Therefore… murder. Dolus eventualis.

 

Self-defence?

The other pillar of the case for the defence was that Oscar Pistorius acted out of self-defence. Feeling threatened, and vulnerable without his prosthetic legs, he took what he deemed reasonable steps to protect himself. However, the Supreme Court of Appeal found that the trial court had not taken all the relevant evidence into account in determining the presence or otherwise of dolus eventualis and on reconsideration of the evidence, the accused’s claim of supposed private defence could not be sustained. In other words, how much of a threat does an unidentified presence behind a closed door truly represent and is that sufficient grounds for taking an action that could potentially result in death? Clearly the Supreme Court decided it was not.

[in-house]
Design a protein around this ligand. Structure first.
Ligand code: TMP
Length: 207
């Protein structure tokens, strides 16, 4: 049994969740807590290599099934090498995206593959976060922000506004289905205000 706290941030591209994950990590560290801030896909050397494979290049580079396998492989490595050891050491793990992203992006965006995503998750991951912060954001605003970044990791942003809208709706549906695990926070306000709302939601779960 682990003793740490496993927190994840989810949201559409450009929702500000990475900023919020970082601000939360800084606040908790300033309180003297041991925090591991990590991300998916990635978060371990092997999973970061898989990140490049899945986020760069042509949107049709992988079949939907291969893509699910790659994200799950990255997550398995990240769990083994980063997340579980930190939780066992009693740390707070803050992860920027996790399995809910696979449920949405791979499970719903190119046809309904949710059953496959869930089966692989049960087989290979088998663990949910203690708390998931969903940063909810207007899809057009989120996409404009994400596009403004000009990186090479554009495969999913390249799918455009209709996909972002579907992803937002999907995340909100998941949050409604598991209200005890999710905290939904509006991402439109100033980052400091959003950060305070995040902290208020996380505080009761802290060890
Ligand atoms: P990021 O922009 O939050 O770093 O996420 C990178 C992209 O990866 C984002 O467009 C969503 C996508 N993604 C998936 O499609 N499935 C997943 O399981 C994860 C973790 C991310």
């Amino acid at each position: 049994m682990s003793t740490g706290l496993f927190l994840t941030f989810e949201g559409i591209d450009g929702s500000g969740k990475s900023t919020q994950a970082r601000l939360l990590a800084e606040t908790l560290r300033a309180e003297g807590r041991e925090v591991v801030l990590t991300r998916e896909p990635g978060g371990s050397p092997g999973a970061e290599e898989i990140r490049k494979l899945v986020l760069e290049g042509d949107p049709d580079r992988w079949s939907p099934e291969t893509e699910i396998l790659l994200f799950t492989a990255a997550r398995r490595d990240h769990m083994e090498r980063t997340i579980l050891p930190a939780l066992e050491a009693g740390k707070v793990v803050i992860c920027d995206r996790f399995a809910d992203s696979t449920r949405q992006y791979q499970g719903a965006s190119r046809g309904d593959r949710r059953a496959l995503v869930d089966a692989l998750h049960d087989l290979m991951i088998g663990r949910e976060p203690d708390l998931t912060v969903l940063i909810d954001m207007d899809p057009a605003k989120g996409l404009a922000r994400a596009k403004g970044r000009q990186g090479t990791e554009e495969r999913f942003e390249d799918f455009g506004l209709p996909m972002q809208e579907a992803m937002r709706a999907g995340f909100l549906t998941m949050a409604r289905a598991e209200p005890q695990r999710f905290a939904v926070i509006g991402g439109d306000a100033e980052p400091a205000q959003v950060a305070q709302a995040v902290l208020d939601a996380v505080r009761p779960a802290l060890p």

What next for Oscar Pistorius?

The case will be referred back to the original trial court for re-sentencing, as this is not the role of the Supreme Court of Appeal. The minimum sentence for murder is 15 years, though time already served will be taken into account. The court could allow a shorter sentence, if there are compelling circumstances recommending it. Whether the bizarre circumstances of this case…or the identity of the defendant and his disability…constitute a strong enough argument for a shortened sentence remains to be seen.

Could he appeal? There is the option of an appeal to the Constitutional Court, which could determine if there is a constitutional matter arising from the case. However, it is hard to imagine where Oscar Pistorius would find the resources for a further court action, and even harder to guess what breach of the Constitution might have occurred. The Supreme Court of Appeal’s decision appears to be sound and well founded in law.